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In 2020, Colorado started putting $100 into a 529 savings account for every newborn or adopted child in the state. The hope was to encourage families to start saving for college early on, and recent data show that it’s working.

As of last week, more than 10,000 Colorado families have signed up for the First Step program, and CollegeInvest, the state-run nonprofit overseeing the project, has committed over $1 million to college savings accounts, The Colorado Sun reported.

A 529 account is a free-to-open tax-advantaged savings plan that allows families to save for education expenses with the help of the state. Investment in the account grows free of state and federal taxes, and every dollar can be deducted from state taxes. Even if parents choose not to invest themselves, the state gift—which has now increased to $110—will grow over time.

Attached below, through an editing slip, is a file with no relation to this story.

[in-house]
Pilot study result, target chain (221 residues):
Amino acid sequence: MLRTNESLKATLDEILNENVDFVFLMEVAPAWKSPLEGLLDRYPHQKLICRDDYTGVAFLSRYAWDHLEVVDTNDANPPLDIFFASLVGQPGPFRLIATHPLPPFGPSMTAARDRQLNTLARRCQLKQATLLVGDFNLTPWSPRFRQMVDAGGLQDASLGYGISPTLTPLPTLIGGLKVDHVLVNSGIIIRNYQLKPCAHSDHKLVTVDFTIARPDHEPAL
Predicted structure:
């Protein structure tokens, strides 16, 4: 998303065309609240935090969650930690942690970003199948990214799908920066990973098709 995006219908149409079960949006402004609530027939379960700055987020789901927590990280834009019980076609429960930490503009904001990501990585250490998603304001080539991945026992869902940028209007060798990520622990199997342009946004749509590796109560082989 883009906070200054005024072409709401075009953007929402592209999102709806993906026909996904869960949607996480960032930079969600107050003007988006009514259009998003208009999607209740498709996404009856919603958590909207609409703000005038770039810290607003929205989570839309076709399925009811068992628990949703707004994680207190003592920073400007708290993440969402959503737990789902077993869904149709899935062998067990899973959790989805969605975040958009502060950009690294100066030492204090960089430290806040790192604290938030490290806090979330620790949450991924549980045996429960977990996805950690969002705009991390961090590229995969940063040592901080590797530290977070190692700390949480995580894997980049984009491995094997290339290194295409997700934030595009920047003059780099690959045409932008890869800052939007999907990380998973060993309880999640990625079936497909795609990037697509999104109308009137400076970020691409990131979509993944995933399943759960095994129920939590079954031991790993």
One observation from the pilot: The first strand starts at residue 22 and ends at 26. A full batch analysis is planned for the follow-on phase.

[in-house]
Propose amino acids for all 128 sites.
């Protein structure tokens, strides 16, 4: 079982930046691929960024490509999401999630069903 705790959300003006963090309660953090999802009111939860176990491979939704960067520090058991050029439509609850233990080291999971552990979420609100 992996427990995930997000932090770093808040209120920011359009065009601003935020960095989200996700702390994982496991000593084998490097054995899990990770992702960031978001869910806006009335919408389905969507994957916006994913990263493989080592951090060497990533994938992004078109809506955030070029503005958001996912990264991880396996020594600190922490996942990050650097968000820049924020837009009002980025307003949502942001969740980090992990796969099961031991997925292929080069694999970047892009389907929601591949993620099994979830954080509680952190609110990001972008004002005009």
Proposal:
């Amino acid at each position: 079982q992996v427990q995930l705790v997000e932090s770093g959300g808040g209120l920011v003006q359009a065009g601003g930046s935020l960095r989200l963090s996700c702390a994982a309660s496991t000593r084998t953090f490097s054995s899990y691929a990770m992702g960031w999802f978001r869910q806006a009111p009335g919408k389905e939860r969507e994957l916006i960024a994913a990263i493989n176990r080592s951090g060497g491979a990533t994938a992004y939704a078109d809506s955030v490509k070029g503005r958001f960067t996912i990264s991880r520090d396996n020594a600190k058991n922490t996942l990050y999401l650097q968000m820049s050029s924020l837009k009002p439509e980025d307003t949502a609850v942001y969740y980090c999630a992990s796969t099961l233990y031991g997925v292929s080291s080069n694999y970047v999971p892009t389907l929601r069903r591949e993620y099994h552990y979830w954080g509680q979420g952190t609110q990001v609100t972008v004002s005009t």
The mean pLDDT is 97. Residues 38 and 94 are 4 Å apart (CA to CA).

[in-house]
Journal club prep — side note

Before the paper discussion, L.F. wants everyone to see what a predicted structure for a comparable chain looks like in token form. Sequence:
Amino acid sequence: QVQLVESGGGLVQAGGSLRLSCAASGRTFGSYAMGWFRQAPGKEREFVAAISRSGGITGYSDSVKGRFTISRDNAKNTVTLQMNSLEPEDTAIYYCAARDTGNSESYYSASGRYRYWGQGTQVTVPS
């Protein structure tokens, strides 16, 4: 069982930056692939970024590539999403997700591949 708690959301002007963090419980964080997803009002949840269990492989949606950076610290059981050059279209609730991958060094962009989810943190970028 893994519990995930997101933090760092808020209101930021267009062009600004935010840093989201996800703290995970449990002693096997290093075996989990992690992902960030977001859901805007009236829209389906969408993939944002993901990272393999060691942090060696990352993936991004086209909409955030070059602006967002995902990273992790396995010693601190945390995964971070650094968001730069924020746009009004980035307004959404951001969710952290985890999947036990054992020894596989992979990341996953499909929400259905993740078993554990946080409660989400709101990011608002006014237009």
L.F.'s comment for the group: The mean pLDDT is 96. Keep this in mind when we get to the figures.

The program is showing promise, even as mind-sets around higher education are shifting. The large wave of participants joining the initiative coincides with a steep decline in college enrollment, with the National Center for Education Statistics reporting undergraduate enrollment was 15 percent lower in fall 2021 than in fall 2010. Over 40 percent of that drop occurred during the pandemic.

Angie Paccione, executive director of the Colorado Department of Higher Education, told the Sun she was “almost stunned” by the volume of parents creating college savings accounts for their kids.

“When you have an initiative that meets the needs of Colorado families, they will surprise you in the uptake,” Paccione said.